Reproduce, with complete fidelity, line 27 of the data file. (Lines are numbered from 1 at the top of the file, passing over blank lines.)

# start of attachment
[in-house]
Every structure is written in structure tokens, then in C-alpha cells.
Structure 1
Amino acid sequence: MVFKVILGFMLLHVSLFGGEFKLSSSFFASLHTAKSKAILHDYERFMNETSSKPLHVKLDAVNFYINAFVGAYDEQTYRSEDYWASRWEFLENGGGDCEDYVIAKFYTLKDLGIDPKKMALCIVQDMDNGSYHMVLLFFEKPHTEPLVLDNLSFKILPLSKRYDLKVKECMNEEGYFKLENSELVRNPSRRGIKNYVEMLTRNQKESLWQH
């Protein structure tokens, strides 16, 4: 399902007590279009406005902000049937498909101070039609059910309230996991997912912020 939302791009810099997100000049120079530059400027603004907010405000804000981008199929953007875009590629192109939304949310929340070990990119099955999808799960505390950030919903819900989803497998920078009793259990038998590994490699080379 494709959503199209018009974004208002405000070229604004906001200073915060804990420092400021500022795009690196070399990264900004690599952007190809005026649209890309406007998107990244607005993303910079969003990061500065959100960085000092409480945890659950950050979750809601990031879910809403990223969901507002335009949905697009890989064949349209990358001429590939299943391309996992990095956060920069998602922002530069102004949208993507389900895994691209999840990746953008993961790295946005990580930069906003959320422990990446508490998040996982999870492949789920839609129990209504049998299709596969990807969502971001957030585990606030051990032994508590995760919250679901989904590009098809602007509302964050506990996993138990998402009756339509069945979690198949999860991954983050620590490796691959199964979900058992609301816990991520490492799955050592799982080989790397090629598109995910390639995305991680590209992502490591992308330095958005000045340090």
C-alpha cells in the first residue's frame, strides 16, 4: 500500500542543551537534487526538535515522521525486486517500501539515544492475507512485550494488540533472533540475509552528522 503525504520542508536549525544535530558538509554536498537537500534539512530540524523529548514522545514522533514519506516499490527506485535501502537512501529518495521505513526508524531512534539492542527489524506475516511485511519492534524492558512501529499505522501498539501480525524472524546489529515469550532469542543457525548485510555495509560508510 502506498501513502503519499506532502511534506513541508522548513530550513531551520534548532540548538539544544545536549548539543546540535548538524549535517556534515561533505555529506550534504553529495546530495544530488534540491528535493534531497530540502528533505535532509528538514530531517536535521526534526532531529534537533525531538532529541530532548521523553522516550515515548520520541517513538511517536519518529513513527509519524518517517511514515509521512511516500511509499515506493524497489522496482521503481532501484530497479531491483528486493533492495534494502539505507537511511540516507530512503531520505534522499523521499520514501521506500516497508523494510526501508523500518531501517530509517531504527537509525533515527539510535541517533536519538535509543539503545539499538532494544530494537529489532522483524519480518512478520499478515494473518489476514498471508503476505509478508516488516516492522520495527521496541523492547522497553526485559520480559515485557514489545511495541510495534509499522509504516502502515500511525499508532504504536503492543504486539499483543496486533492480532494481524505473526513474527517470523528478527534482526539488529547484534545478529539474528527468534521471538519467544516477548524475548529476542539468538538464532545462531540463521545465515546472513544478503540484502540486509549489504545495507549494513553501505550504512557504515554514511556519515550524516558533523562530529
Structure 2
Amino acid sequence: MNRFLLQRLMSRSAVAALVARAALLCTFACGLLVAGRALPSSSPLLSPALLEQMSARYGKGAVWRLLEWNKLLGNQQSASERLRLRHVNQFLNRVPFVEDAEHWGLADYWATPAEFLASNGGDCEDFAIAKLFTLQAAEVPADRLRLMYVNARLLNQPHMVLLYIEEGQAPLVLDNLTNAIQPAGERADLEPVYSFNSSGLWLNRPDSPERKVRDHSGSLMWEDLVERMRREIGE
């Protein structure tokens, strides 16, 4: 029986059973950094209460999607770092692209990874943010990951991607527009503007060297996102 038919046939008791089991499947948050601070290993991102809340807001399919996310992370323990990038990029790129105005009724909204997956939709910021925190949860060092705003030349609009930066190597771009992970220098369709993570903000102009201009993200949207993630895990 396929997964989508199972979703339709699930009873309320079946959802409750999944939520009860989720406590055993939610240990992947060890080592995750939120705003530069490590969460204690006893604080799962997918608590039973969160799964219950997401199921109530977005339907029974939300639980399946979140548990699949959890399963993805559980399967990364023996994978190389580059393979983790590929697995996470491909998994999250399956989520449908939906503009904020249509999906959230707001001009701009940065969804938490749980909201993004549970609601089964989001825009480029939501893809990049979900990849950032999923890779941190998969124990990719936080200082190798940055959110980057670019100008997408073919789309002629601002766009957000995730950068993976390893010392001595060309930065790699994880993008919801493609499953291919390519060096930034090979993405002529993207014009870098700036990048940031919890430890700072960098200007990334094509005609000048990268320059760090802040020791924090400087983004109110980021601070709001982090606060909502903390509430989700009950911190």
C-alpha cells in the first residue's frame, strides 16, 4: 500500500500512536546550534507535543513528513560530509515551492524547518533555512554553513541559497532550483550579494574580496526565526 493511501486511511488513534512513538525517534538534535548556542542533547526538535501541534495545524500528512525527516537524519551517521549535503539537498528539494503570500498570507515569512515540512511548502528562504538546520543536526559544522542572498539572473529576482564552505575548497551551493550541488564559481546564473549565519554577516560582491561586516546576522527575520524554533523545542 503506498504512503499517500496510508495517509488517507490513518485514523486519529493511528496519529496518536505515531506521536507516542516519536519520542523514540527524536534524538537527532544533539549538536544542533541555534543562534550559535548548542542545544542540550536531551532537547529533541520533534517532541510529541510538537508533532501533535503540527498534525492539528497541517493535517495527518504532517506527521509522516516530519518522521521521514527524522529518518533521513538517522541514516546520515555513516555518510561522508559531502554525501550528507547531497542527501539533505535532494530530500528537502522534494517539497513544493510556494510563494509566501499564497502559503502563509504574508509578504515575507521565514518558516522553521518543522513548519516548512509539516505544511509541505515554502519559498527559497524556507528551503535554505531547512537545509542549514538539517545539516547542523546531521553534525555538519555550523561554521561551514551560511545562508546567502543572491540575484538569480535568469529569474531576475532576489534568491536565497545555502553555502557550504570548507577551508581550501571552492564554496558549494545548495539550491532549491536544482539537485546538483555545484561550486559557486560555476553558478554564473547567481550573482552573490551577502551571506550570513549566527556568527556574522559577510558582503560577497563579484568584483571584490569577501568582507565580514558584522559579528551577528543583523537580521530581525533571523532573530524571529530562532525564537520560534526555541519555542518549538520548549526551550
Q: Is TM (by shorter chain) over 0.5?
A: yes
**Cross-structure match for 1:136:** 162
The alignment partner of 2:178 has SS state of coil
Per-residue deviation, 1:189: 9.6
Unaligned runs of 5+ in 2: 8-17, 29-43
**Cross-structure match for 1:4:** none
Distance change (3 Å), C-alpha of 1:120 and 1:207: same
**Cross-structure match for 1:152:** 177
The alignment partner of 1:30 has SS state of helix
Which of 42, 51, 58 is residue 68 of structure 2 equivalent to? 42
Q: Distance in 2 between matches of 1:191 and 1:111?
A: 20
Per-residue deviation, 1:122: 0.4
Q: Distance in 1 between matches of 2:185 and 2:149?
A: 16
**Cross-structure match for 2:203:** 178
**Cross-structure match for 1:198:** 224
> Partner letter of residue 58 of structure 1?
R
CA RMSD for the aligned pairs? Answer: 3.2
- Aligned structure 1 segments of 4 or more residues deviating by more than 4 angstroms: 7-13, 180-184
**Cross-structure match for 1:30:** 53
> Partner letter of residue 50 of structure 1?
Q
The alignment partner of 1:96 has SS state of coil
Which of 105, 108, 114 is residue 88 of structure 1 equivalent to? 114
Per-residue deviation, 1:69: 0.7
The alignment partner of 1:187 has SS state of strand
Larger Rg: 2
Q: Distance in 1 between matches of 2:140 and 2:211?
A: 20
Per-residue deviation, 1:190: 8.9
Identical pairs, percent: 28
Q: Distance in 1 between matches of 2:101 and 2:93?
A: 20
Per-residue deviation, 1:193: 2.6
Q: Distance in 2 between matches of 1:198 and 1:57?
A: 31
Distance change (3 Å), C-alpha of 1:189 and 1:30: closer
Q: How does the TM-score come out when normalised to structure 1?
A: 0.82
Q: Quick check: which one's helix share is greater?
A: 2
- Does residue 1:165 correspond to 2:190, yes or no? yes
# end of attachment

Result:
**Cross-structure match for 2:203:** 178